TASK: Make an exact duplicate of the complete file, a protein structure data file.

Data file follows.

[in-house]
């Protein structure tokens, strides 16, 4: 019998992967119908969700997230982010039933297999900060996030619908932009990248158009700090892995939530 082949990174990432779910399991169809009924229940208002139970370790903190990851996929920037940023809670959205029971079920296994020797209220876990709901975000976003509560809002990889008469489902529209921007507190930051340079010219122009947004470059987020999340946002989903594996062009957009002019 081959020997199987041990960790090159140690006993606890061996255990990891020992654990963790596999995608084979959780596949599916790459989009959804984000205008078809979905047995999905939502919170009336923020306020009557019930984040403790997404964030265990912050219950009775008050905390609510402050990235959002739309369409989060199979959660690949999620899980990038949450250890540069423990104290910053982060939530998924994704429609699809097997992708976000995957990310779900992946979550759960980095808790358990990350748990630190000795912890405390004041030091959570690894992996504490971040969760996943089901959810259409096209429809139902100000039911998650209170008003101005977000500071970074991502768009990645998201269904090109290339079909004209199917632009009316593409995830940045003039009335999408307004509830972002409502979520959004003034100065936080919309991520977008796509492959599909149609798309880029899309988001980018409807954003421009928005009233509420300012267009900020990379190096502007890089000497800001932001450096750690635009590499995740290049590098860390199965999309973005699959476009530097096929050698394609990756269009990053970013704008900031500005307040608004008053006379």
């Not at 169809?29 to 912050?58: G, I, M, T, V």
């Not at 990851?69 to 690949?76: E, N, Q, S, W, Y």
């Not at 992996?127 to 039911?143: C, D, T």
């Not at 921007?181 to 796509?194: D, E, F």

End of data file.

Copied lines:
[in-house]
């Protein structure tokens, strides 16, 4: 019998992967119908969700997230982010039933297999900060996030619908932009990248158009700090892995939530 082949990174990432779910399991169809009924229940208002139970370790903190990851996929920037940023809670959205029971079920296994020797209220876990709901975000976003509560809002990889008469489902529209921007507190930051340079010219122009947004470059987020999340946002989903594996062009957009002019 081959020997199987041990960790090159140690006993606890061996255990990891020992654990963790596999995608084979959780596949599916790459989009959804984000205008078809979905047995999905939502919170009336923020306020009557019930984040403790997404964030265990912050219950009775008050905390609510402050990235959002739309369409989060199979959660690949999620899980990038949450250890540069423990104290910053982060939530998924994704429609699809097997992708976000995957990310779900992946979550759960980095808790358990990350748990630190000795912890405390004041030091959570690894992996504490971040969760996943089901959810259409096209429809139902100000039911998650209170008003101005977000500071970074991502768009990645998201269904090109290339079909004209199917632009009316593409995830940045003039009335999408307004509830972002409502979520959004003034100065936080919309991520977008796509492959599909149609798309880029899309988001980018409807954003421009928005009233509420300012267009900020990379190096502007890089000497800001932001450096750690635009590499995740290049590098860390199965999309973005699959476009530097096929050698394609990756269009990053970013704008900031500005307040608004008053006379």
């Not at 169809?29 to 912050?58: G, I, M, T, V």
């Not at 990851?69 to 690949?76: E, N, Q, S, W, Y």
């Not at 992996?127 to 039911?143: C, D, T």
């Not at 921007?181 to 796509?194: D, E, F």